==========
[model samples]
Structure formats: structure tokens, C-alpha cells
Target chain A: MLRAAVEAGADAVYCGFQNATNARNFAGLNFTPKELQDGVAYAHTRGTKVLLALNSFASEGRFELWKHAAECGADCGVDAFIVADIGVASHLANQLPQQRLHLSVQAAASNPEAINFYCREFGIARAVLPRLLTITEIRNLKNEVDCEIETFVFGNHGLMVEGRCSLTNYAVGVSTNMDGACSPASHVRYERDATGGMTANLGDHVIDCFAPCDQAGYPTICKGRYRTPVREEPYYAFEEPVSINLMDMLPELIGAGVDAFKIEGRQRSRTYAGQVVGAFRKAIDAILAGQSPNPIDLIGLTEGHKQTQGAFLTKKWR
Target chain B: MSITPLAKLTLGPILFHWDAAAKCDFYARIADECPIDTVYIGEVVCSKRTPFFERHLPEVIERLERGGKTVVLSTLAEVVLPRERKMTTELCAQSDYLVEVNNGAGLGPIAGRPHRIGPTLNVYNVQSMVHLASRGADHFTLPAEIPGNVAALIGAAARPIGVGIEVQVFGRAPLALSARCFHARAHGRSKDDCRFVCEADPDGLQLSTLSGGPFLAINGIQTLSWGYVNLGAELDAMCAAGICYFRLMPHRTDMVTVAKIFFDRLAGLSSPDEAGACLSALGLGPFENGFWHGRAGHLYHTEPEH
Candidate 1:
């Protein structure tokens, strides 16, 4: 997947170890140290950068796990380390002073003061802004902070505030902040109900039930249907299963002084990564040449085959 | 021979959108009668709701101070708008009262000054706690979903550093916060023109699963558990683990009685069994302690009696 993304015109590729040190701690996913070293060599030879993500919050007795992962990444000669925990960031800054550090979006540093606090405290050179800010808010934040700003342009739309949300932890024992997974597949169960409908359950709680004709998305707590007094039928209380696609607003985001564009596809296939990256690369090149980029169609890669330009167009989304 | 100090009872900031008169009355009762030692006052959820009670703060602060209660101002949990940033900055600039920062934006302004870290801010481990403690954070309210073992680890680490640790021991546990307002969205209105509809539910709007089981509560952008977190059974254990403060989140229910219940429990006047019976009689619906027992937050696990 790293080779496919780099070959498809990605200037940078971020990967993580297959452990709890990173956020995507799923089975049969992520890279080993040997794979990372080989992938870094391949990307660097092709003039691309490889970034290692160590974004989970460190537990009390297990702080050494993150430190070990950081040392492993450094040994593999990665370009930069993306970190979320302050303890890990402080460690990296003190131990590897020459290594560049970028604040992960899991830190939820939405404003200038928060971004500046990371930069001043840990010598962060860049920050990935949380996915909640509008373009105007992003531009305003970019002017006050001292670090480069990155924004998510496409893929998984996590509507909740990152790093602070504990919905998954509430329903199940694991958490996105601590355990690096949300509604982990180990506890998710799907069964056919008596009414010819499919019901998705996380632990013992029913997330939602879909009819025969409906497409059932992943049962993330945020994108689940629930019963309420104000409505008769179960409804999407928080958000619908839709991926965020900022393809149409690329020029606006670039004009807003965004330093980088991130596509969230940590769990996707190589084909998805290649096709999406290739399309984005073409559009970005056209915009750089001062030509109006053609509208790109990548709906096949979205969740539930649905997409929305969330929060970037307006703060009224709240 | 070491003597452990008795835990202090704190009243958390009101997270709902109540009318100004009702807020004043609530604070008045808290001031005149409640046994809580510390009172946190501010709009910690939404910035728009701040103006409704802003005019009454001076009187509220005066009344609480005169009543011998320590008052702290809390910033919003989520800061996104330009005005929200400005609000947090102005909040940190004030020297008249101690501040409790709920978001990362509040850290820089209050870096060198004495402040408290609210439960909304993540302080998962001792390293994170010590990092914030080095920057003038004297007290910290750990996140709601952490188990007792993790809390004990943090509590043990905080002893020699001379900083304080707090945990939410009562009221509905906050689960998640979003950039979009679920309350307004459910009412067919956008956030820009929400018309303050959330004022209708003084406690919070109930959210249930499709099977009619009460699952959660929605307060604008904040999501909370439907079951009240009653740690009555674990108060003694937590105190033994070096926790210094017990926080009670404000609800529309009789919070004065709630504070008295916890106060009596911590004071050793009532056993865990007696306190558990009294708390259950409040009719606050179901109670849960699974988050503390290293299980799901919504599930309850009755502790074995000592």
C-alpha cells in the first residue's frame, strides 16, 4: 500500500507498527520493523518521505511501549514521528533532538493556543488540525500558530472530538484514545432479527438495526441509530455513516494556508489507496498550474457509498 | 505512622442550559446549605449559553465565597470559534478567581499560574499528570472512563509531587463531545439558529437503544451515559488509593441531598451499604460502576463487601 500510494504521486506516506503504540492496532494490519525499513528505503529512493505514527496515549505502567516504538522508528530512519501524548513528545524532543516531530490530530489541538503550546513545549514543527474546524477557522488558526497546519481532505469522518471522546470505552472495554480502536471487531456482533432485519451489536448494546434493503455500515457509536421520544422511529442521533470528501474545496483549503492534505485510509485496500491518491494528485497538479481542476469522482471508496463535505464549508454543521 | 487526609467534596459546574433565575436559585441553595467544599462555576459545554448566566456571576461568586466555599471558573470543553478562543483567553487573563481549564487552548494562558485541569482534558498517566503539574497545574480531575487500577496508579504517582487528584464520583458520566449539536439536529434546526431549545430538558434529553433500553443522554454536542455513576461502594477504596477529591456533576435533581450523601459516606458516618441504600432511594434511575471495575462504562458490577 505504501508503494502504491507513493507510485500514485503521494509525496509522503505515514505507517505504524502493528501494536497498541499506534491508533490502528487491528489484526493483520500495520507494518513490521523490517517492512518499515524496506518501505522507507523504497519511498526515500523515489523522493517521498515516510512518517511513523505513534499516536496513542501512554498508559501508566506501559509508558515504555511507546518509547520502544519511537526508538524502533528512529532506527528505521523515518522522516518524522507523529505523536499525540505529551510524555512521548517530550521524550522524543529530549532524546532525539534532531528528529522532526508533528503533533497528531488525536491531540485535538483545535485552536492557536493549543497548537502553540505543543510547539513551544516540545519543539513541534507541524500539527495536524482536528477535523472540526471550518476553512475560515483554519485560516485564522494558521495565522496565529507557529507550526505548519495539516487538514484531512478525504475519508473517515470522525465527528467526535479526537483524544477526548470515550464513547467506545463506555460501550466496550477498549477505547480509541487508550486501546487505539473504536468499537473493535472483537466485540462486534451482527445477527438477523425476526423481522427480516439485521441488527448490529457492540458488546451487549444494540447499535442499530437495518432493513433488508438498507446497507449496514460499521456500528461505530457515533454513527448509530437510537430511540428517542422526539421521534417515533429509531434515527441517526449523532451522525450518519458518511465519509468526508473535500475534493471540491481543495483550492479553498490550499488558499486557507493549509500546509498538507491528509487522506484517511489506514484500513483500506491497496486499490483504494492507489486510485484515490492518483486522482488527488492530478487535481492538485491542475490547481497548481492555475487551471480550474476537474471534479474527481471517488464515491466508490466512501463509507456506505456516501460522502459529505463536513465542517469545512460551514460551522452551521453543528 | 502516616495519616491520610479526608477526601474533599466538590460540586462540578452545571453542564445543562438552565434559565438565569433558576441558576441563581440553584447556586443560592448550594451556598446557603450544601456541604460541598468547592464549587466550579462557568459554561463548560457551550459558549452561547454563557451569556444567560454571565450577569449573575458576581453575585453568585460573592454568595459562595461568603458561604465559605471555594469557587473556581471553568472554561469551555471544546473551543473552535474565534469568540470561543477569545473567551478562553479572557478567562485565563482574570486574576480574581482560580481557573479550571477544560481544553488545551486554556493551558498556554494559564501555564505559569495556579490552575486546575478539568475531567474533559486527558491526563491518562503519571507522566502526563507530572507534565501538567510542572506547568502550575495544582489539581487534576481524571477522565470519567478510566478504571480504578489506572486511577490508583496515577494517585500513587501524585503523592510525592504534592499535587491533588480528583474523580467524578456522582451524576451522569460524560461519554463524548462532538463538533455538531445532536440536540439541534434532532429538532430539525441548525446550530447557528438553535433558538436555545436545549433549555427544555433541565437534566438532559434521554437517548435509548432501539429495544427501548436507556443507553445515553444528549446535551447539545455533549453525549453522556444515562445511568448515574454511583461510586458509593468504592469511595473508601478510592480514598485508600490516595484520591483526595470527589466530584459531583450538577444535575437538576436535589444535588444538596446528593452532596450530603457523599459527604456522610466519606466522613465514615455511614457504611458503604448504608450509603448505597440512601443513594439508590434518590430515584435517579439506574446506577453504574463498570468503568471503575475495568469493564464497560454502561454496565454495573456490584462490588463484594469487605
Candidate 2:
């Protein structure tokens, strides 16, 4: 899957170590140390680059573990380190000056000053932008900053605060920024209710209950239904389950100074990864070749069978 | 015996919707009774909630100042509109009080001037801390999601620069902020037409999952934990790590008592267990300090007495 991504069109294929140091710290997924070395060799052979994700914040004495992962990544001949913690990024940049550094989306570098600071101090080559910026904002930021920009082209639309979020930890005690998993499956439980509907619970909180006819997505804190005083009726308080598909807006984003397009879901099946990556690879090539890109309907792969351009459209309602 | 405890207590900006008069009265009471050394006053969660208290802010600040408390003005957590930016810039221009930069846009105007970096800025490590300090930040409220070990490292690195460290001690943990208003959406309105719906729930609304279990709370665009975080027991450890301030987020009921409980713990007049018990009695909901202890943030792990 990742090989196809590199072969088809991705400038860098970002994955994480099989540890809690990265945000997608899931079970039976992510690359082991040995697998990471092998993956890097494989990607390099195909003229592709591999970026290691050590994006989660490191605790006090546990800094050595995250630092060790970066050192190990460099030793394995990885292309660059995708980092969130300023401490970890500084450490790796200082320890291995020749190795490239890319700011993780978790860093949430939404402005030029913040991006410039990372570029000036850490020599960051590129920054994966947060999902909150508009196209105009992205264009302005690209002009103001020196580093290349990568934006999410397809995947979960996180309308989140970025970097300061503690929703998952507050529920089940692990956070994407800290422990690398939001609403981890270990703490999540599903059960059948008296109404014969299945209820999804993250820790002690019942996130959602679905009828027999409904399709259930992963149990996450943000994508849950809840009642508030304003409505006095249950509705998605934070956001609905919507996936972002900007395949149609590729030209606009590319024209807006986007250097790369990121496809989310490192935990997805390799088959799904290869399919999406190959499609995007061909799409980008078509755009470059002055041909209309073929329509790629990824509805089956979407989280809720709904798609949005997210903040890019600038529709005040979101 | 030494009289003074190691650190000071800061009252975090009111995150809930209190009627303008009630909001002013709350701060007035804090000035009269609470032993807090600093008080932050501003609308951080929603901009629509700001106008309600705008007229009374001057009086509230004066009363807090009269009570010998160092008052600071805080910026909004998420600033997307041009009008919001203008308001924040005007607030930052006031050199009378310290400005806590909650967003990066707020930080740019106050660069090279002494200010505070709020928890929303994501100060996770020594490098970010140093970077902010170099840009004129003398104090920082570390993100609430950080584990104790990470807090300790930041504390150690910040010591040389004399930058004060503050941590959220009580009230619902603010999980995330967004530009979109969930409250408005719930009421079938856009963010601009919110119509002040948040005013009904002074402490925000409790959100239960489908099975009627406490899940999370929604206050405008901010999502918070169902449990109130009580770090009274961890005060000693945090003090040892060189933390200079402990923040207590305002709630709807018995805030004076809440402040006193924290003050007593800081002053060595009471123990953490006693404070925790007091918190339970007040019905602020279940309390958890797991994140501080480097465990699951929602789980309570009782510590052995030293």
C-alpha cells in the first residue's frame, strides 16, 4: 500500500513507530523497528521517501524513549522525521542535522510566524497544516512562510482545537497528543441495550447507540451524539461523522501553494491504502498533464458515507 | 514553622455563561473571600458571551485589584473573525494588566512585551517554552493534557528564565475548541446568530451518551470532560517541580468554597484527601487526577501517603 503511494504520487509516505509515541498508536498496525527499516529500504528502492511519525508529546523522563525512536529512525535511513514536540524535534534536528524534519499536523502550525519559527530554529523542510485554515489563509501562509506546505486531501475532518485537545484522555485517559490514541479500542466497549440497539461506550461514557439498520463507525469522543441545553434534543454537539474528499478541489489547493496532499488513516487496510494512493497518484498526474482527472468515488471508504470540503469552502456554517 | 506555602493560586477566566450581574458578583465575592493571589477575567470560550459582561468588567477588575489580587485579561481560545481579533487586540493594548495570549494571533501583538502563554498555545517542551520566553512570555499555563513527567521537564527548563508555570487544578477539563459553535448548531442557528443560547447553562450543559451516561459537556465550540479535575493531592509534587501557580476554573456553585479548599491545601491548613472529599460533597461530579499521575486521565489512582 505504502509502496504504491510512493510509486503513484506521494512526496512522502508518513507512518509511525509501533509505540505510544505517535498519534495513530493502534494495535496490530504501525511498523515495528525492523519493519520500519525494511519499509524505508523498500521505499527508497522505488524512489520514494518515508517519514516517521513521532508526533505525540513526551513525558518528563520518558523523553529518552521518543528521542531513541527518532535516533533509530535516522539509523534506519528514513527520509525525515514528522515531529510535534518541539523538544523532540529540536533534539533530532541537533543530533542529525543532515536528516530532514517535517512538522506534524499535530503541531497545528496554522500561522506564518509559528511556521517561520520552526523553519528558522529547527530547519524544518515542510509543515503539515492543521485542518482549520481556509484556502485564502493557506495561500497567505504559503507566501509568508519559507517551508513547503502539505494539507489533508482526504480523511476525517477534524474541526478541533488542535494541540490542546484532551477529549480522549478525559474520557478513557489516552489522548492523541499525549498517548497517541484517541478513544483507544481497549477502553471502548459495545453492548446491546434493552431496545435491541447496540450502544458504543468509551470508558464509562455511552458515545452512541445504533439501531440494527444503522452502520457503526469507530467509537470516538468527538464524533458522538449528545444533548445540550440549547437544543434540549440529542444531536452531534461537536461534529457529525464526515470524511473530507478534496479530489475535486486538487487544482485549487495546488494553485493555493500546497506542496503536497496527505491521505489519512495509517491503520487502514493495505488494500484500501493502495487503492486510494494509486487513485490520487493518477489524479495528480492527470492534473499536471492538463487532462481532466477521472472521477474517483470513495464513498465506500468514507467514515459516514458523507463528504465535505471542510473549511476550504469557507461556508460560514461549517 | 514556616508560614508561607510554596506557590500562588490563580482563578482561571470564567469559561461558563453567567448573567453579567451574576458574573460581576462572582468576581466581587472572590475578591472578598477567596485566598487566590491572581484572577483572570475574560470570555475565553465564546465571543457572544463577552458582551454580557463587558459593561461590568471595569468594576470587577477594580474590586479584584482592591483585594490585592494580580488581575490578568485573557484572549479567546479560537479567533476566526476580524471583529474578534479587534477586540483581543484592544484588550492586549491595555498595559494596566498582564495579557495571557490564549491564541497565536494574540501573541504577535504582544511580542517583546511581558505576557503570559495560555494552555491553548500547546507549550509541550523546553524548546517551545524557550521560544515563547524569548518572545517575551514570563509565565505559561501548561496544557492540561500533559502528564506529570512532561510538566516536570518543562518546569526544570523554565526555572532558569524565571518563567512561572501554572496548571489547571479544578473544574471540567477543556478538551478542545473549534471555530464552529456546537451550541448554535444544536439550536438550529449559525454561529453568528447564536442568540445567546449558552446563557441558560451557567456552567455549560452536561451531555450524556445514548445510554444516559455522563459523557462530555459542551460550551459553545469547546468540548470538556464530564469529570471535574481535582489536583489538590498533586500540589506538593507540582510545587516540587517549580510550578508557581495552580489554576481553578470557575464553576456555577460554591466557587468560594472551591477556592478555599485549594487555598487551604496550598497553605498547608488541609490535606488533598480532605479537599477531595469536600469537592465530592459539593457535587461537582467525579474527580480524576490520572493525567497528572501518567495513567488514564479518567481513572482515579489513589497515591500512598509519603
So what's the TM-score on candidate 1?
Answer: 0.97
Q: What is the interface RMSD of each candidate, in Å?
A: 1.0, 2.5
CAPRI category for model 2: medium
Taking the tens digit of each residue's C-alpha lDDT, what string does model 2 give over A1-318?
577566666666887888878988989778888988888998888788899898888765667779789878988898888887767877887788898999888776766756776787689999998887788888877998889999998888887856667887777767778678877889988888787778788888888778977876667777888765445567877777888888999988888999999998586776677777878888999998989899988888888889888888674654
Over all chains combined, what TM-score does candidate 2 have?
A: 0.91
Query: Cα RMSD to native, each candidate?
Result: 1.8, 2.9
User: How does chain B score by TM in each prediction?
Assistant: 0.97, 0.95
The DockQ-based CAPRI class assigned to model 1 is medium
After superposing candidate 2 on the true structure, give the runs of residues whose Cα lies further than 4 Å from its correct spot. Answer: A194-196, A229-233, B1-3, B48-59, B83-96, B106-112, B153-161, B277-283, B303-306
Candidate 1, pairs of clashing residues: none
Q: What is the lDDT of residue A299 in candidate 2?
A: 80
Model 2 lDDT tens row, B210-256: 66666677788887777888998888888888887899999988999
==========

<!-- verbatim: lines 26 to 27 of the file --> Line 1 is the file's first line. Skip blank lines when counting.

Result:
Candidate 1, pairs of clashing residues: none
Q: What is the lDDT of residue A299 in candidate 2?